At ECU, there are tons of professors who come to the university wanting to teach and to find personal protégés. I have observed that few students at ECU take advantage of this. Since I am a student who seeks more knowledge, I advance outside conversation with many of my professors and they make time for me. Even if I’ve never met them, they make time for me. It’s that simple. I will share a few experiences that represent the vast majority.
When I was a prospective student, I made calls to each university that I was considering. At ECU, everyone took the time to answer my questions and share their thoughts.
When I visited the departmental office of the Department of Economics to add my second major, the department head, who is also a professor, called me into his office to discuss the matter. He said that he is always happy to recruit another mathematically strong student to his “BS-Quantitative” program.
I plan to attend graduate school in some area of applied mathematics, and I want to see the country in the process. I grew up in Connecticut and I’m earning my bachelor’s degrees in North Carolina. I have had professors from Texas, Iowa, Maine, Alaska, and Ohio, to name a few states. Many of them have taken the time to talk to me about the graduate schools in their area. Those professors who have studied abroad always share their experiences when I express my interest, too.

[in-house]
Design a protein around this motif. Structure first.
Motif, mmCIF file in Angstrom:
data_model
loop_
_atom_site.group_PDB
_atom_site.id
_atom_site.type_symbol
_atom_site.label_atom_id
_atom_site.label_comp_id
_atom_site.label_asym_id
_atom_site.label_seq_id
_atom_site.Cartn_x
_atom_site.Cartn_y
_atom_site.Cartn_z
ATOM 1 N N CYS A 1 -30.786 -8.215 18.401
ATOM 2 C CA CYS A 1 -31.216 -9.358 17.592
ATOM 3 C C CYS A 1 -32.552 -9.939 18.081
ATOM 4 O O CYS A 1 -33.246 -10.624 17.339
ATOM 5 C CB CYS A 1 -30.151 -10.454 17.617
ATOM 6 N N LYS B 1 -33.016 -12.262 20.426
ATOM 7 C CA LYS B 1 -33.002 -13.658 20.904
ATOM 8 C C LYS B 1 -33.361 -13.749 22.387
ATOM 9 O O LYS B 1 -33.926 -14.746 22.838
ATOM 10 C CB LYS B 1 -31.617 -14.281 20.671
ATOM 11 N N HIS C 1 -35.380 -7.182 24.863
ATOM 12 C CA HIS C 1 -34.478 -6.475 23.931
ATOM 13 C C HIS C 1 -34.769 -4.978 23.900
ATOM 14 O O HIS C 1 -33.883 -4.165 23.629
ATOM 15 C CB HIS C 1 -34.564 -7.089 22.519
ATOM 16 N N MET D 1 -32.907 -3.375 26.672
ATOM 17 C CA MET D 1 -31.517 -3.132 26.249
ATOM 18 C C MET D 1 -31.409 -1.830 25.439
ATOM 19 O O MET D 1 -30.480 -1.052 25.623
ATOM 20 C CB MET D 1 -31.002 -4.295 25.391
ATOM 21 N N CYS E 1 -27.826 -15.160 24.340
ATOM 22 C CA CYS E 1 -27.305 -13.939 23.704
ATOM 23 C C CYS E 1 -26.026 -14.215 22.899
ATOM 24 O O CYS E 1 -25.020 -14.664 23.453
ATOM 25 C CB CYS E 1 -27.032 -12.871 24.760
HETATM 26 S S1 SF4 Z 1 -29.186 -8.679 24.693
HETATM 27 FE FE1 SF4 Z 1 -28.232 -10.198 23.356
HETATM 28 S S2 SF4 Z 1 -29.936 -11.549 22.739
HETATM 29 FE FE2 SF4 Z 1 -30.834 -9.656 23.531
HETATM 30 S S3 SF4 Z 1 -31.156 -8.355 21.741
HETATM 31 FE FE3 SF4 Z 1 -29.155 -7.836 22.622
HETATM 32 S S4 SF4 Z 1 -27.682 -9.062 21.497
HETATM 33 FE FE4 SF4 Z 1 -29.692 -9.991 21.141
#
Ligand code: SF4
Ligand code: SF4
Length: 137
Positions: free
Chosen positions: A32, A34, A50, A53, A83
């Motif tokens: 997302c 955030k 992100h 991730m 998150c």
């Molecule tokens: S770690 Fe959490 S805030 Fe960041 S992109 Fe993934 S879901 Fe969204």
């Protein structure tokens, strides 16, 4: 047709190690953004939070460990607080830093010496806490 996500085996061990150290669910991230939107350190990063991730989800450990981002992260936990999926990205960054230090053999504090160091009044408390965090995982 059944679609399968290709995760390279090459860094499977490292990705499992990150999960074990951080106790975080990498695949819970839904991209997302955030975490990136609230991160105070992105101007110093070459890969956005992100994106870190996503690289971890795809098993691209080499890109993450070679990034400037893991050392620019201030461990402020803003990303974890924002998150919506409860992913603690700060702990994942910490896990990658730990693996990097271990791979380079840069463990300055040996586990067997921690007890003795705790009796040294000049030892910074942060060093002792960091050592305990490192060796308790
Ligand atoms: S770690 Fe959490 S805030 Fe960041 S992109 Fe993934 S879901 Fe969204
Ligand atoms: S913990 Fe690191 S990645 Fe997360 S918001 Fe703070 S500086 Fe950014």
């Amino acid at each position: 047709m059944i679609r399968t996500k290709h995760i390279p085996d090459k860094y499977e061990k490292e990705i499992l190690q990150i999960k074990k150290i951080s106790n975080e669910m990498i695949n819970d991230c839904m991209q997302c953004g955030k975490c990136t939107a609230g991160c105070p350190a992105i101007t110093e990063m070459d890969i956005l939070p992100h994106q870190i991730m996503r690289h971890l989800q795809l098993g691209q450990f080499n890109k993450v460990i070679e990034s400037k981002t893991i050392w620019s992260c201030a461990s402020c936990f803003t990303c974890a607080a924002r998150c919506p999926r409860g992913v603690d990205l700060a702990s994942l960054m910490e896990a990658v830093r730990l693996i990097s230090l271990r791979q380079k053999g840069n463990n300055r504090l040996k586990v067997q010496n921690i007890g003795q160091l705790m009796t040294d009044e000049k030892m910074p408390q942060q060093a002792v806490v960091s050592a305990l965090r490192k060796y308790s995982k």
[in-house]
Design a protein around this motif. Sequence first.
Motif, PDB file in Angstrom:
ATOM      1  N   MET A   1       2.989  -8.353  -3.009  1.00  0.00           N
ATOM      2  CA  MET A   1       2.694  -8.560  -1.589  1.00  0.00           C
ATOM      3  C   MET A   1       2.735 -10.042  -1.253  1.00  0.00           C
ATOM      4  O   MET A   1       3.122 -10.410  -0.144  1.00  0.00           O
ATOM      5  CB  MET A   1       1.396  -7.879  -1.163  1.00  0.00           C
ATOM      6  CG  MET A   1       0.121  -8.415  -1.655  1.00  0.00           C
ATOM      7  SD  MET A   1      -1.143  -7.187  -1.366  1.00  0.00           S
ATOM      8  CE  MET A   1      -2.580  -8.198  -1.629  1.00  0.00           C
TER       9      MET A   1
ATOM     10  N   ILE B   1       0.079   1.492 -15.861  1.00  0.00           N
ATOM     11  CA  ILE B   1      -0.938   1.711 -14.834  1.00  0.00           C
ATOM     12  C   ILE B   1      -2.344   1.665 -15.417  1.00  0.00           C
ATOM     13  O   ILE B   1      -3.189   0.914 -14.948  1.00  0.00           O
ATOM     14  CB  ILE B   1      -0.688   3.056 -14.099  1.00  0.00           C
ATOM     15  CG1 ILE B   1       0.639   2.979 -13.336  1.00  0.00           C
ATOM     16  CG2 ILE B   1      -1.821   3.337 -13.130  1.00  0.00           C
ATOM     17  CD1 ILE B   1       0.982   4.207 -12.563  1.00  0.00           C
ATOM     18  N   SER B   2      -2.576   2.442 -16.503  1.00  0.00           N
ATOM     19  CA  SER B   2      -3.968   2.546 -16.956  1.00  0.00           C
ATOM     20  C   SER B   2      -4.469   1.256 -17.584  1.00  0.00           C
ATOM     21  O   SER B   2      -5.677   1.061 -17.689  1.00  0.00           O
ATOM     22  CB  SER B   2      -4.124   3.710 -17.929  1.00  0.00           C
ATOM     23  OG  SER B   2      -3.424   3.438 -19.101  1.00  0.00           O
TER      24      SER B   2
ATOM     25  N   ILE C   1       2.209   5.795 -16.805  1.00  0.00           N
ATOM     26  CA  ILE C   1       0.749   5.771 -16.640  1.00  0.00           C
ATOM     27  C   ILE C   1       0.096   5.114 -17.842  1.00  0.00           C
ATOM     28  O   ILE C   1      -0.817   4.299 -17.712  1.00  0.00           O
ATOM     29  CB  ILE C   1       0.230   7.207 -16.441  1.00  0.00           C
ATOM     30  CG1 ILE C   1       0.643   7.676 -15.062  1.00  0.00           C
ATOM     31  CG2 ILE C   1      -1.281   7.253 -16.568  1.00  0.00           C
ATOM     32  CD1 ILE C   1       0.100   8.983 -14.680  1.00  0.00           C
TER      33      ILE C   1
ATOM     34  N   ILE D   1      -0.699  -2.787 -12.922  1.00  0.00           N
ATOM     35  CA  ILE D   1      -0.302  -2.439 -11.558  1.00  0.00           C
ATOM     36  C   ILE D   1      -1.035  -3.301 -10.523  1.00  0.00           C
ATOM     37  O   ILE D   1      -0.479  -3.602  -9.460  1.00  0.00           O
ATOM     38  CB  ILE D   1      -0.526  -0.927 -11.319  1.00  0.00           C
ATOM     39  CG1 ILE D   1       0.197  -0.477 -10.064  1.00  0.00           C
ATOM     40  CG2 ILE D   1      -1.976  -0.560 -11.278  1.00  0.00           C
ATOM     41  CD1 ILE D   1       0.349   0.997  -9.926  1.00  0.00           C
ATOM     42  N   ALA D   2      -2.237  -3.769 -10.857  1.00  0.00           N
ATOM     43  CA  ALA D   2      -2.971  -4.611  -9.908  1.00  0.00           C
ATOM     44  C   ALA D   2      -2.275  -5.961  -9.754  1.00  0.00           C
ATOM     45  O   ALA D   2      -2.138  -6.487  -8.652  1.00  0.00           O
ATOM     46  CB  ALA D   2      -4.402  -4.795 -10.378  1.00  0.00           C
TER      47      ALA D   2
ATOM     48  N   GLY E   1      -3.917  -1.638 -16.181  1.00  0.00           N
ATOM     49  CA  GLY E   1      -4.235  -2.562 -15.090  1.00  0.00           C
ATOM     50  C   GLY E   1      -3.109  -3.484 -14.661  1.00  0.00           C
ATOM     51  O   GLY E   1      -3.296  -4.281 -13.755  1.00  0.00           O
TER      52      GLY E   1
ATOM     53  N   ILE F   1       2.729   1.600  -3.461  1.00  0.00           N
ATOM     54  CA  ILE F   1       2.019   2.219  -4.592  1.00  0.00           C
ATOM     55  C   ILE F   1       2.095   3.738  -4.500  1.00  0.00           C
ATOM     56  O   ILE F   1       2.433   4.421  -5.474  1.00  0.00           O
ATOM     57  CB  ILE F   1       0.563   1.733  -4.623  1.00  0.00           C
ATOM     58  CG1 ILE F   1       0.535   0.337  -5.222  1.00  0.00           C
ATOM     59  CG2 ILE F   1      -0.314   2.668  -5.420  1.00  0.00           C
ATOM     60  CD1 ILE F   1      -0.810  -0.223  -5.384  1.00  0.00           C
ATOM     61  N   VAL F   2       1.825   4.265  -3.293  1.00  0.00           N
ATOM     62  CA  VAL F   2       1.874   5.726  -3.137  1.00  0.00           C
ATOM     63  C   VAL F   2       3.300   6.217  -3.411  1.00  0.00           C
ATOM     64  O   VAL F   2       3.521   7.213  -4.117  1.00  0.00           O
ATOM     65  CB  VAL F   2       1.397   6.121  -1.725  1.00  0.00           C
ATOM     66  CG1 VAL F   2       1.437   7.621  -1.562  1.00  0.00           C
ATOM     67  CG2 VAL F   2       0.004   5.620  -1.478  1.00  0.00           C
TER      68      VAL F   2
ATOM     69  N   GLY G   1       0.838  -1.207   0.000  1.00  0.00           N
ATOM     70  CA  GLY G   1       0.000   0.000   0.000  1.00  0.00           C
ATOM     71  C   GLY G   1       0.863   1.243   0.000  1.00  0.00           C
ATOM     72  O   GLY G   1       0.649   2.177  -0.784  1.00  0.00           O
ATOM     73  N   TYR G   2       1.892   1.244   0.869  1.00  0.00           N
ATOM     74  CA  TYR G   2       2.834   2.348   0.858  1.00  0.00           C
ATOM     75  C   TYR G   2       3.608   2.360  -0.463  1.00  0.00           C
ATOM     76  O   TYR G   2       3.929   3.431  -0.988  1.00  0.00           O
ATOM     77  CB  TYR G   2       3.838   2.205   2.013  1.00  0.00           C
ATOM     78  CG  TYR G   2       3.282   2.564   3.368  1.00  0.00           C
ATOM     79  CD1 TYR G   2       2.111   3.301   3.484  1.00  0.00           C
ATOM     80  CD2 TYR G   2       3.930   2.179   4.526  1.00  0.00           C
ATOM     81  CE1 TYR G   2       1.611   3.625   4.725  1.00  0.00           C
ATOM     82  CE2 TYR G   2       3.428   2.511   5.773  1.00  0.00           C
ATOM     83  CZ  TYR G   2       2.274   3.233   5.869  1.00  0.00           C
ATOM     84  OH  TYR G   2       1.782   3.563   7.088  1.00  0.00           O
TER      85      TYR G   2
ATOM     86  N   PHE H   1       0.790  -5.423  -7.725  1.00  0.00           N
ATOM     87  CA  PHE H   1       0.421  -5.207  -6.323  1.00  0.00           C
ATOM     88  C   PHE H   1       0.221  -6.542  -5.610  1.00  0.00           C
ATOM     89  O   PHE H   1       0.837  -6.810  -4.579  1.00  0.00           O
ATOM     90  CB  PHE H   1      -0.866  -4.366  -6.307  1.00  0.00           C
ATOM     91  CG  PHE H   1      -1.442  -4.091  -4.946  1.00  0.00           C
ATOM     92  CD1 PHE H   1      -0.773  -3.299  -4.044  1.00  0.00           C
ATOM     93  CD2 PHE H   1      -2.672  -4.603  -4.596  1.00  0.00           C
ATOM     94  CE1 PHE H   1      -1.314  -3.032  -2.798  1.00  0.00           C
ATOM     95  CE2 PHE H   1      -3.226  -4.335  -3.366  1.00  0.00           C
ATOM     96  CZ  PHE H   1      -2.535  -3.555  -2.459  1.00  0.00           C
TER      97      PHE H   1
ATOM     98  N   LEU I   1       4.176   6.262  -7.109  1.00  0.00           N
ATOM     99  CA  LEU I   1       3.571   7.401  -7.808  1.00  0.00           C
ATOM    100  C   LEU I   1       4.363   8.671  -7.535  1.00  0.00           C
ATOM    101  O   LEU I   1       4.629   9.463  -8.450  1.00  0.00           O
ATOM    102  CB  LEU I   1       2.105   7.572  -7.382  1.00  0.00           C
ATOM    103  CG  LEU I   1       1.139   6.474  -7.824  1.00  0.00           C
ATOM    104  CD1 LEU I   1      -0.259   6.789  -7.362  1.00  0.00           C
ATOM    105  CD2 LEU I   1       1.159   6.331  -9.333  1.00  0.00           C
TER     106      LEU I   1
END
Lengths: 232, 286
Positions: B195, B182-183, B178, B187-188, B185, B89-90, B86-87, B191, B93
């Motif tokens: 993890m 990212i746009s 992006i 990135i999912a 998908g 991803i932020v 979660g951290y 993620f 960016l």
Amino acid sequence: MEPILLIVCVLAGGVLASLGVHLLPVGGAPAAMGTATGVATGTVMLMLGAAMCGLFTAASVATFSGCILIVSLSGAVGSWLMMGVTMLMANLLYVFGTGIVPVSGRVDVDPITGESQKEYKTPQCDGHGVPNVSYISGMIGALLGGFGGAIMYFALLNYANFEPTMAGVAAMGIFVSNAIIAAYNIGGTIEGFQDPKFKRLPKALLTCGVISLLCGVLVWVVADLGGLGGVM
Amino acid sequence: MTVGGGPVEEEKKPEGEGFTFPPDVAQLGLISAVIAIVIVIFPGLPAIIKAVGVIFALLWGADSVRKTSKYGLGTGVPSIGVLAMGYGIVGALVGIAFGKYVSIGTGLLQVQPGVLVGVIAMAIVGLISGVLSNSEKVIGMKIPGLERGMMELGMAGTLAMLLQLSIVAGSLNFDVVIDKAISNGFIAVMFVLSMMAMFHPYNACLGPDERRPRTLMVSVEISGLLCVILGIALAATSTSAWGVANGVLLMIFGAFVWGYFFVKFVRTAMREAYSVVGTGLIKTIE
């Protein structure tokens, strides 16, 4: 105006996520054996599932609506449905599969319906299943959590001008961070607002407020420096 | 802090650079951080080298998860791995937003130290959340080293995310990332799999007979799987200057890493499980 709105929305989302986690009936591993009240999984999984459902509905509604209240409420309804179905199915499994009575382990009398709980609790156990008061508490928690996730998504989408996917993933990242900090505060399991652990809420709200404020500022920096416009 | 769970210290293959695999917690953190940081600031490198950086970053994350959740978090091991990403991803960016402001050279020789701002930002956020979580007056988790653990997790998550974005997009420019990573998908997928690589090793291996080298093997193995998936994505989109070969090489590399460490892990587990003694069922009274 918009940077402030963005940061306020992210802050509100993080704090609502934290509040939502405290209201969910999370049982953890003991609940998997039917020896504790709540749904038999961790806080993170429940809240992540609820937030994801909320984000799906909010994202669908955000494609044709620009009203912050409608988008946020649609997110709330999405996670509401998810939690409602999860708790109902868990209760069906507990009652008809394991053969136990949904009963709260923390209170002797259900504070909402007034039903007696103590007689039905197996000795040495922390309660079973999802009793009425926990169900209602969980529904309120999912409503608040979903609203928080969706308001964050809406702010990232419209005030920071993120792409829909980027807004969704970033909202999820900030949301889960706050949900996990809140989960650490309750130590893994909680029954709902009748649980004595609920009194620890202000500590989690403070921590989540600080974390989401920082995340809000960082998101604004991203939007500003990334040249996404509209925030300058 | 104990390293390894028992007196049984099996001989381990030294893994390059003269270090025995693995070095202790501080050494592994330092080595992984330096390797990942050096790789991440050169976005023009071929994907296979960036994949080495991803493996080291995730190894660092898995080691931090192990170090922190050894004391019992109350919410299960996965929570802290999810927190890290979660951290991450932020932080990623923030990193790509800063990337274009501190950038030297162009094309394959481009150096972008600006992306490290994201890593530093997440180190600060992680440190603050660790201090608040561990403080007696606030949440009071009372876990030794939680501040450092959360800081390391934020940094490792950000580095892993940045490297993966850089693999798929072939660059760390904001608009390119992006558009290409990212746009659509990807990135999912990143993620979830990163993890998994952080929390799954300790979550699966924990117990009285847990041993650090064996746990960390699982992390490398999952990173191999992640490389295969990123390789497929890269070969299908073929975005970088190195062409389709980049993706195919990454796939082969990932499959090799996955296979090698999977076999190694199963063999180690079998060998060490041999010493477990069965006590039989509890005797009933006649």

Dr. Michael Bassman, distinguished honors professor in the Honors College, actually taught at my high school in Storrs, CT, many years ago. I would never have known it if I hadn’t approached him for conversation at the end of our welcome session at the beginning of my freshman year. He and his colleagues were the last ones out the door at that event so that they could entertain every student who wished to speak to them. This behavior is typical at ECU.
Because I am visually impaired, I have certain unusual needs in the classroom. If a professor is using a PowerPoint presentation in the classroom, I always ask for a copy of it so that I may view it closer to my face. One of my professors in the Department of Psychology had forgotten to send me a presentation for a Monday class, so he visited his office on a Saturday just to send it to me. I didn’t ask him to do it; he did it on his own accord.
When I entered ECU, I thought that the last thing I would study would be economics. I knew a lot of students in high school who planned to major in economics, and they all just wanted to get rich. I wanted nothing to do with that atmosphere. I took an introductory sociology course, and the lecturer who taught that course is the one who got me interested in economics. Though I am done taking sociology courses, she has followed my development as a student and person, and she has taken me out to tea a few times. Of course, we talk shop a little bit to justify why we’ve gathered, but the conversation never ends there.